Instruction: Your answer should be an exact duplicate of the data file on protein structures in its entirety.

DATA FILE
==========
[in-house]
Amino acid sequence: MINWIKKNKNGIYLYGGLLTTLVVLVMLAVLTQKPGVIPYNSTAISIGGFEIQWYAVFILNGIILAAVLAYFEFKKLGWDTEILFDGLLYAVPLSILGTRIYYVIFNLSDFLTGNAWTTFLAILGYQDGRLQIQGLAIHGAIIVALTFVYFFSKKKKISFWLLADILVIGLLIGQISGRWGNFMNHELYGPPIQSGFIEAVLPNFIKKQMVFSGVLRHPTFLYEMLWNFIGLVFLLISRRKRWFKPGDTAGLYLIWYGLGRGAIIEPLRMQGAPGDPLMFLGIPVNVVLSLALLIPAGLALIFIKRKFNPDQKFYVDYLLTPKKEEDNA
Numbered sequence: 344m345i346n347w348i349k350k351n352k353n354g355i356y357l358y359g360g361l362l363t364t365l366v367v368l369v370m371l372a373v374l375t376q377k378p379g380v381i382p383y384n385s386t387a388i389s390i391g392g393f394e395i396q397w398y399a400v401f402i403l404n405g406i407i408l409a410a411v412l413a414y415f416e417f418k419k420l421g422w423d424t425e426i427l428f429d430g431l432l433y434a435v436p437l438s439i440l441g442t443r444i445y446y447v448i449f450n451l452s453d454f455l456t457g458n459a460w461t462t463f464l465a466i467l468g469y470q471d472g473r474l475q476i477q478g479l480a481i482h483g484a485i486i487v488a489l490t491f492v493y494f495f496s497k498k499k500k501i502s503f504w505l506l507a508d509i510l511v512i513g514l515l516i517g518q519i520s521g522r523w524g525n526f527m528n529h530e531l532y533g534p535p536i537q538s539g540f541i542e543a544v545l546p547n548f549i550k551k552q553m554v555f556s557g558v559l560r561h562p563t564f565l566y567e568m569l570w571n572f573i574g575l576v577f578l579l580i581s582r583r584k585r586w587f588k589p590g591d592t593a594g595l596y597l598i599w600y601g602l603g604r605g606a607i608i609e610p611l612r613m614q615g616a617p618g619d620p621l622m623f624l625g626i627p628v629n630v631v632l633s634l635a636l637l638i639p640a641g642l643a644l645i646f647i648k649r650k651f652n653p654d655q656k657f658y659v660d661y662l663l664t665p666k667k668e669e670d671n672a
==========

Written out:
[in-house]
Amino acid sequence: MINWIKKNKNGIYLYGGLLTTLVVLVMLAVLTQKPGVIPYNSTAISIGGFEIQWYAVFILNGIILAAVLAYFEFKKLGWDTEILFDGLLYAVPLSILGTRIYYVIFNLSDFLTGNAWTTFLAILGYQDGRLQIQGLAIHGAIIVALTFVYFFSKKKKISFWLLADILVIGLLIGQISGRWGNFMNHELYGPPIQSGFIEAVLPNFIKKQMVFSGVLRHPTFLYEMLWNFIGLVFLLISRRKRWFKPGDTAGLYLIWYGLGRGAIIEPLRMQGAPGDPLMFLGIPVNVVLSLALLIPAGLALIFIKRKFNPDQKFYVDYLLTPKKEEDNA
Numbered sequence: 344m345i346n347w348i349k350k351n352k353n354g355i356y357l358y359g360g361l362l363t364t365l366v367v368l369v370m371l372a373v374l375t376q377k378p379g380v381i382p383y384n385s386t387a388i389s390i391g392g393f394e395i396q397w398y399a400v401f402i403l404n405g406i407i408l409a410a411v412l413a414y415f416e417f418k419k420l421g422w423d424t425e426i427l428f429d430g431l432l433y434a435v436p437l438s439i440l441g442t443r444i445y446y447v448i449f450n451l452s453d454f455l456t457g458n459a460w461t462t463f464l465a466i467l468g469y470q471d472g473r474l475q476i477q478g479l480a481i482h483g484a485i486i487v488a489l490t491f492v493y494f495f496s497k498k499k500k501i502s503f504w505l506l507a508d509i510l511v512i513g514l515l516i517g518q519i520s521g522r523w524g525n526f527m528n529h530e531l532y533g534p535p536i537q538s539g540f541i542e543a544v545l546p547n548f549i550k551k552q553m554v555f556s557g558v559l560r561h562p563t564f565l566y567e568m569l570w571n572f573i574g575l576v577f578l579l580i581s582r583r584k585r586w587f588k589p590g591d592t593a594g595l596y597l598i599w600y601g602l603g604r605g606a607i608i609e610p611l612r613m614q615g616a617p618g619d620p621l622m623f624l625g626i627p628v629n630v631v632l633s634l635a636l637l638i639p640a641g642l643a644l645i646f647i648k649r650k651f652n653p654d655q656k657f658y659v660d661y662l663l664t665p666k667k668e669e670d671n672a